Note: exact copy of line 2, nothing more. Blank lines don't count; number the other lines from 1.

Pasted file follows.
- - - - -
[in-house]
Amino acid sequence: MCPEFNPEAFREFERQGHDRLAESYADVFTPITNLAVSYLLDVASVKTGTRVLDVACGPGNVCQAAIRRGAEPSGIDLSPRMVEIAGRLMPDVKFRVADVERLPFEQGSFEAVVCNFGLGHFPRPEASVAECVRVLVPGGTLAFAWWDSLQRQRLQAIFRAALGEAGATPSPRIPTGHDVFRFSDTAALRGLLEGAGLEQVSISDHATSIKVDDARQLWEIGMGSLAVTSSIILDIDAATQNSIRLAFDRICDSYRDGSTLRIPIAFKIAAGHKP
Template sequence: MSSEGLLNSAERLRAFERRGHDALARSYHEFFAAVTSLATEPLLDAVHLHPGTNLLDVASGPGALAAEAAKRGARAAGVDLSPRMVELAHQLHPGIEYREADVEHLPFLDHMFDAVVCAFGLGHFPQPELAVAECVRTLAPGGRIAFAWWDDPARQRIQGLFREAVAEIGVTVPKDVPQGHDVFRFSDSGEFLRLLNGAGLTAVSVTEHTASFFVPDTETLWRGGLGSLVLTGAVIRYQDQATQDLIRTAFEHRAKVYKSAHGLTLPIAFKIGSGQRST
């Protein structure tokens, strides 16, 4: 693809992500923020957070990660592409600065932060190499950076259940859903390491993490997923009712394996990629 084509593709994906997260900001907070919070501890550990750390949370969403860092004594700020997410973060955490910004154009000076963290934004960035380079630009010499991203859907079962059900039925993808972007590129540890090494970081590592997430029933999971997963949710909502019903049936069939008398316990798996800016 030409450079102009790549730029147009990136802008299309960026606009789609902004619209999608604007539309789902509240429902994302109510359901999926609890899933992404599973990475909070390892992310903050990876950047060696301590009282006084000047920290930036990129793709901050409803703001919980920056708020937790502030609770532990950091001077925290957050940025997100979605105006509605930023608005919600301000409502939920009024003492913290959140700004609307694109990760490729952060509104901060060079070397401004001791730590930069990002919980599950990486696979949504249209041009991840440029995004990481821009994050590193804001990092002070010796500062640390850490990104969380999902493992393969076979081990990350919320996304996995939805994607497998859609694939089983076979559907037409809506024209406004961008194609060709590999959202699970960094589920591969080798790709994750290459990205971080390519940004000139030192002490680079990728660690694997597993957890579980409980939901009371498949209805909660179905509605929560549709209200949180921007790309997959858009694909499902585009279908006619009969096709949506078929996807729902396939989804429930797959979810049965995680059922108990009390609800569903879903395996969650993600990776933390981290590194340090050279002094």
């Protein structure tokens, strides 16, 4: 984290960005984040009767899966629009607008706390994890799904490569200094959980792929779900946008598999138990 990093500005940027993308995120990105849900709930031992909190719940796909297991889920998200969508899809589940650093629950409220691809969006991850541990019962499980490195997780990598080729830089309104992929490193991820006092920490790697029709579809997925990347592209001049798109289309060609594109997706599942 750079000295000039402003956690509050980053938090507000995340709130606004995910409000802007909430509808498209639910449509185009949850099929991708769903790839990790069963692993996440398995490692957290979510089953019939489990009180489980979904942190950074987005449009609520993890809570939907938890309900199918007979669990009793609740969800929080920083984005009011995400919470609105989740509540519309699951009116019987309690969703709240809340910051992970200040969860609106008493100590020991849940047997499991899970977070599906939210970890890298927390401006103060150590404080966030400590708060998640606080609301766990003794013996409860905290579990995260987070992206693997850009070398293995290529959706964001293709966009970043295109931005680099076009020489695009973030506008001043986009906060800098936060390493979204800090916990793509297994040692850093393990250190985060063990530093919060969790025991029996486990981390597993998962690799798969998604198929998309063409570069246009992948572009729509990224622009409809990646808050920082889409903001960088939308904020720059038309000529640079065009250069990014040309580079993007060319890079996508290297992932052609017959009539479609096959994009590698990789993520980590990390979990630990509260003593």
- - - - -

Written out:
Amino acid sequence: MCPEFNPEAFREFERQGHDRLAESYADVFTPITNLAVSYLLDVASVKTGTRVLDVACGPGNVCQAAIRRGAEPSGIDLSPRMVEIAGRLMPDVKFRVADVERLPFEQGSFEAVVCNFGLGHFPRPEASVAECVRVLVPGGTLAFAWWDSLQRQRLQAIFRAALGEAGATPSPRIPTGHDVFRFSDTAALRGLLEGAGLEQVSISDHATSIKVDDARQLWEIGMGSLAVTSSIILDIDAATQNSIRLAFDRICDSYRDGSTLRIPIAFKIAAGHKP